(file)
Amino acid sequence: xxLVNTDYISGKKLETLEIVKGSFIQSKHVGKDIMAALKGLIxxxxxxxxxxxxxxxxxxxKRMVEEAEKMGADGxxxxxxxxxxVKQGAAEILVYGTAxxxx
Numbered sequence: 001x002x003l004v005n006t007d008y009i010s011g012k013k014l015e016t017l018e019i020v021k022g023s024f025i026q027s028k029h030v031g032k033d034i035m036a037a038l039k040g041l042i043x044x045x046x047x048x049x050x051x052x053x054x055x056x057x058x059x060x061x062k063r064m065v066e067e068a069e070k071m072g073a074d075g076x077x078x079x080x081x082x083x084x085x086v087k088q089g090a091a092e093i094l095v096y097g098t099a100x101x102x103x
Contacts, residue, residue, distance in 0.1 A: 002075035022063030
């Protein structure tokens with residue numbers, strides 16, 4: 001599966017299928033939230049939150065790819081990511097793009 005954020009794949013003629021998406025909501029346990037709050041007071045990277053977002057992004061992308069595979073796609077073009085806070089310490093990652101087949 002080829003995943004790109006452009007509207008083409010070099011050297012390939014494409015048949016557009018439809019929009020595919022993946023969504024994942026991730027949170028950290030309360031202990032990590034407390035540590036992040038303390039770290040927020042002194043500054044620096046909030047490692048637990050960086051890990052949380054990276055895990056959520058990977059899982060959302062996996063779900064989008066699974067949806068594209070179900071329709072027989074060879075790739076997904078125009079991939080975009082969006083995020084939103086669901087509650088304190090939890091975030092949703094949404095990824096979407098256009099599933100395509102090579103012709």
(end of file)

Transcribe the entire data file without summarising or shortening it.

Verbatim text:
Amino acid sequence: xxLVNTDYISGKKLETLEIVKGSFIQSKHVGKDIMAALKGLIxxxxxxxxxxxxxxxxxxxKRMVEEAEKMGADGxxxxxxxxxxVKQGAAEILVYGTAxxxx
Numbered sequence: 001x002x003l004v005n006t007d008y009i010s011g012k013k014l015e016t017l018e019i020v021k022g023s024f025i026q027s028k029h030v031g032k033d034i035m036a037a038l039k040g041l042i043x044x045x046x047x048x049x050x051x052x053x054x055x056x057x058x059x060x061x062k063r064m065v066e067e068a069e070k071m072g073a074d075g076x077x078x079x080x081x082x083x084x085x086v087k088q089g090a091a092e093i094l095v096y097g098t099a100x101x102x103x
Contacts, residue, residue, distance in 0.1 A: 002075035022063030
């Protein structure tokens with residue numbers, strides 16, 4: 001599966017299928033939230049939150065790819081990511097793009 005954020009794949013003629021998406025909501029346990037709050041007071045990277053977002057992004061992308069595979073796609077073009085806070089310490093990652101087949 002080829003995943004790109006452009007509207008083409010070099011050297012390939014494409015048949016557009018439809019929009020595919022993946023969504024994942026991730027949170028950290030309360031202990032990590034407390035540590036992040038303390039770290040927020042002194043500054044620096046909030047490692048637990050960086051890990052949380054990276055895990056959520058990977059899982060959302062996996063779900064989008066699974067949806068594209070179900071329709072027989074060879075790739076997904078125009079991939080975009082969006083995020084939103086669901087509650088304190090939890091975030092949703094949404095990824096979407098256009099599933100395509102090579103012709």